Andy spent a year taking part in a drug trial and Carly’s Mum recalls it really seemed to help him stay positive. Only when the trial ended and he discovered he’d been taking a placebo (fake) medicine was there a noticeable deterioration in his condition. The National Institute for Health Research is campaigning to let people know that it’s ‘OK to ask’ your doctor or other health professional about clinical research and whether taking part in a trial might be right for you or your loved one; you can read more here.
There are lots of Cochrane reviews relevant to people with MND and you can find summaries of them here or see what the Cochrane Neuromuscular Disease Group is up to by visiting their website here. You can see the full list of their reviews and there’s a page on ways you can get involved too. With the help of people who really know what living with MND is like, we can try to make sure future research is useful and aims to answer the questions that matter most.
My thanks to Carly and her Mum for talking to me about Andy and allowing me to share his experiences in this blog.
Editor’s note: the latest NICE Clinical Guideline on motor neurone disease was published on 24 February 2016 and has been informed by 9 Cochrane reviews. National Clinical Guideline Centre, National Institute for Health and Clinical Excellence (commissioner). Motor neurone disease: assessment and management. London: National Institute for Health and Clinical Excellence; 2016. (NICE NG42). [Issued February 2016]. Available from: https://www.nice.org.uk/guidance/ng42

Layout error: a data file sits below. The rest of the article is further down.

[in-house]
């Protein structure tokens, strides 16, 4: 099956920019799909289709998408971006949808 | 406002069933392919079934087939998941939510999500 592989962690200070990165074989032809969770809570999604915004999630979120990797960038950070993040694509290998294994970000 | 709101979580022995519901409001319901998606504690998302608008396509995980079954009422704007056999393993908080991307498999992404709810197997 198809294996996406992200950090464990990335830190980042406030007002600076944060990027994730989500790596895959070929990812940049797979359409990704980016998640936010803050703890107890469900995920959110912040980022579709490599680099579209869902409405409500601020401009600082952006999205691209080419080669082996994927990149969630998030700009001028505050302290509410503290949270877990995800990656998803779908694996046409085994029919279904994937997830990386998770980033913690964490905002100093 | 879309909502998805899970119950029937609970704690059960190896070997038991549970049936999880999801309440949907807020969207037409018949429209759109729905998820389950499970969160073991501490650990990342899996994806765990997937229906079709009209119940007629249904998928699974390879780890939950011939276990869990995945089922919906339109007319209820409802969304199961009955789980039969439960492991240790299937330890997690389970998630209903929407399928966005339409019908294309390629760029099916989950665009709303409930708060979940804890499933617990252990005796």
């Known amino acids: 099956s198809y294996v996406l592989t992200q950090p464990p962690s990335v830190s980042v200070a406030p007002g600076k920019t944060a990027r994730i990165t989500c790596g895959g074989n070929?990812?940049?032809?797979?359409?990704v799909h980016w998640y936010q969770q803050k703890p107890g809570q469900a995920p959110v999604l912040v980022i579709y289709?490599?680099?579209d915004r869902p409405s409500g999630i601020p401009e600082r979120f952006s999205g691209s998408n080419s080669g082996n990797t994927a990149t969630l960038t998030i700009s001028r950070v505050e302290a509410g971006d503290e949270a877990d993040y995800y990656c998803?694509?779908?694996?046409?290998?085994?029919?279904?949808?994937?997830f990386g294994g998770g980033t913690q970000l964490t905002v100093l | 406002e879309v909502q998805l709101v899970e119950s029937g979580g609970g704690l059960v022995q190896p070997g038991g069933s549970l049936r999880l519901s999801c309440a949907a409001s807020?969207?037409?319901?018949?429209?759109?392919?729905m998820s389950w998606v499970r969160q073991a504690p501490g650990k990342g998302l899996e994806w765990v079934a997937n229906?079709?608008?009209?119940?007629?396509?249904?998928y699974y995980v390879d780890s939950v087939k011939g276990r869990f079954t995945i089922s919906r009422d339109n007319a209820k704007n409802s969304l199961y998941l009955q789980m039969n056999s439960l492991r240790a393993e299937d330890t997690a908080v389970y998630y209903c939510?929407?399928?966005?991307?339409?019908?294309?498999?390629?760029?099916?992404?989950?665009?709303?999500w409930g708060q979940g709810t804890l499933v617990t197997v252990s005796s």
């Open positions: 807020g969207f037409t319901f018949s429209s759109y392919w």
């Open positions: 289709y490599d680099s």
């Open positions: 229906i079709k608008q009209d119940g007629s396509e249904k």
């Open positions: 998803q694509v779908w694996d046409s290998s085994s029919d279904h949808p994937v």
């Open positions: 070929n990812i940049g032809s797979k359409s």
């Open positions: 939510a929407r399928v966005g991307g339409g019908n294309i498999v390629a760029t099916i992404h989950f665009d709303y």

Radunovic A, Annane D, Rafiq MK, Mustfa N. Mechanical ventilation for amyotrophic lateral sclerosis/motor neuron disease. Cochrane Database of Systematic Reviews 2013, Issue 3. Art. No.: CD004427. DOI: 10.1002/14651858.CD004427.pub3.
Katzberg HD, Benatar M. Enteral tube feeding for amyotrophic lateral sclerosis/motor neuron disease. Cochrane Database of Systematic Reviews 2011, Issue 1. Art. No.: CD004030. DOI: 10.1002/14651858.CD004030.pub3.
Young CA, Ellis C, Johnson J, Sathasivam S, Pih N. Treatment for sialorrhea (excessive saliva) in people with motor neuron disease/amyotrophic lateral sclerosis. Cochrane Database of Systematic Reviews 2011, Issue 5. Art. No.: CD006981. DOI: 10.1002/14651858.CD006981.pub2.
Brettschneider J, Kurent J, Ludolph A. Drug therapy for pain in amyotrophic lateral sclerosis or motor neuron disease. Cochrane Database of Systematic Reviews 2013, Issue 6. Art. No.: CD005226. DOI: 10.1002/14651858.CD005226.pub3.
Page last updated 11 April 2016